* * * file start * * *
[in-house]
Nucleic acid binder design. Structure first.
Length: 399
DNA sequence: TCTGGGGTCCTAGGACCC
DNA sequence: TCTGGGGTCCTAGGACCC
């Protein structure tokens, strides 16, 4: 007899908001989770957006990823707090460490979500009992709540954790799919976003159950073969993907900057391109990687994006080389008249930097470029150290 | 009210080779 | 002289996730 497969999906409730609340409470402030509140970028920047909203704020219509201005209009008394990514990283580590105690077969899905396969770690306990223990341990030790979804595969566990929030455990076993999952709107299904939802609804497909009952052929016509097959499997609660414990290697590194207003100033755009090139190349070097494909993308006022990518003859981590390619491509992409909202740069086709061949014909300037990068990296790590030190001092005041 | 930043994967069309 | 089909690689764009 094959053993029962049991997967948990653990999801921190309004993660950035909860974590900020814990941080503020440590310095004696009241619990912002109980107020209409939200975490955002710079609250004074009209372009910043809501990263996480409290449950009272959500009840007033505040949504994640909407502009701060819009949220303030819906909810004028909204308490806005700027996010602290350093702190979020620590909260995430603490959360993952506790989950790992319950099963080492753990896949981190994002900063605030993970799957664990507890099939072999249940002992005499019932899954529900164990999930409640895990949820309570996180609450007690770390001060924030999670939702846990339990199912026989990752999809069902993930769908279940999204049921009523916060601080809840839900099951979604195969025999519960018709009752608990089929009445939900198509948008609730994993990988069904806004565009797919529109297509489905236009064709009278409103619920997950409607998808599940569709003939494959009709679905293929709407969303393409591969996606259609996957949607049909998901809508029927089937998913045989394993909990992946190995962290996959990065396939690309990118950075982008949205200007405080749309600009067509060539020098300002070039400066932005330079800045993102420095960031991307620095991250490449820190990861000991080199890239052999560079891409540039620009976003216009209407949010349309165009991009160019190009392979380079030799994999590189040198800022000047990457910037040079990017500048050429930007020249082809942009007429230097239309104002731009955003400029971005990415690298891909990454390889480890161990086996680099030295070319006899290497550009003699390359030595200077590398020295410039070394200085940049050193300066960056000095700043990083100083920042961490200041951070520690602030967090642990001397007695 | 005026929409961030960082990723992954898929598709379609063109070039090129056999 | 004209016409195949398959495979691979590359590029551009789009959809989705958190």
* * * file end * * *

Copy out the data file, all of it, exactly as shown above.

[in-house]
Nucleic acid binder design. Structure first.
Length: 399
DNA sequence: TCTGGGGTCCTAGGACCC
DNA sequence: TCTGGGGTCCTAGGACCC
């Protein structure tokens, strides 16, 4: 007899908001989770957006990823707090460490979500009992709540954790799919976003159950073969993907900057391109990687994006080389008249930097470029150290 | 009210080779 | 002289996730 497969999906409730609340409470402030509140970028920047909203704020219509201005209009008394990514990283580590105690077969899905396969770690306990223990341990030790979804595969566990929030455990076993999952709107299904939802609804497909009952052929016509097959499997609660414990290697590194207003100033755009090139190349070097494909993308006022990518003859981590390619491509992409909202740069086709061949014909300037990068990296790590030190001092005041 | 930043994967069309 | 089909690689764009 094959053993029962049991997967948990653990999801921190309004993660950035909860974590900020814990941080503020440590310095004696009241619990912002109980107020209409939200975490955002710079609250004074009209372009910043809501990263996480409290449950009272959500009840007033505040949504994640909407502009701060819009949220303030819906909810004028909204308490806005700027996010602290350093702190979020620590909260995430603490959360993952506790989950790992319950099963080492753990896949981190994002900063605030993970799957664990507890099939072999249940002992005499019932899954529900164990999930409640895990949820309570996180609450007690770390001060924030999670939702846990339990199912026989990752999809069902993930769908279940999204049921009523916060601080809840839900099951979604195969025999519960018709009752608990089929009445939900198509948008609730994993990988069904806004565009797919529109297509489905236009064709009278409103619920997950409607998808599940569709003939494959009709679905293929709407969303393409591969996606259609996957949607049909998901809508029927089937998913045989394993909990992946190995962290996959990065396939690309990118950075982008949205200007405080749309600009067509060539020098300002070039400066932005330079800045993102420095960031991307620095991250490449820190990861000991080199890239052999560079891409540039620009976003216009209407949010349309165009991009160019190009392979380079030799994999590189040198800022000047990457910037040079990017500048050429930007020249082809942009007429230097239309104002731009955003400029971005990415690298891909990454390889480890161990086996680099030295070319006899290497550009003699390359030595200077590398020295410039070394200085940049050193300066960056000095700043990083100083920042961490200041951070520690602030967090642990001397007695 | 005026929409961030960082990723992954898929598709379609063109070039090129056999 | 004209016409195949398959495979691979590359590029551009789009959809989705958190």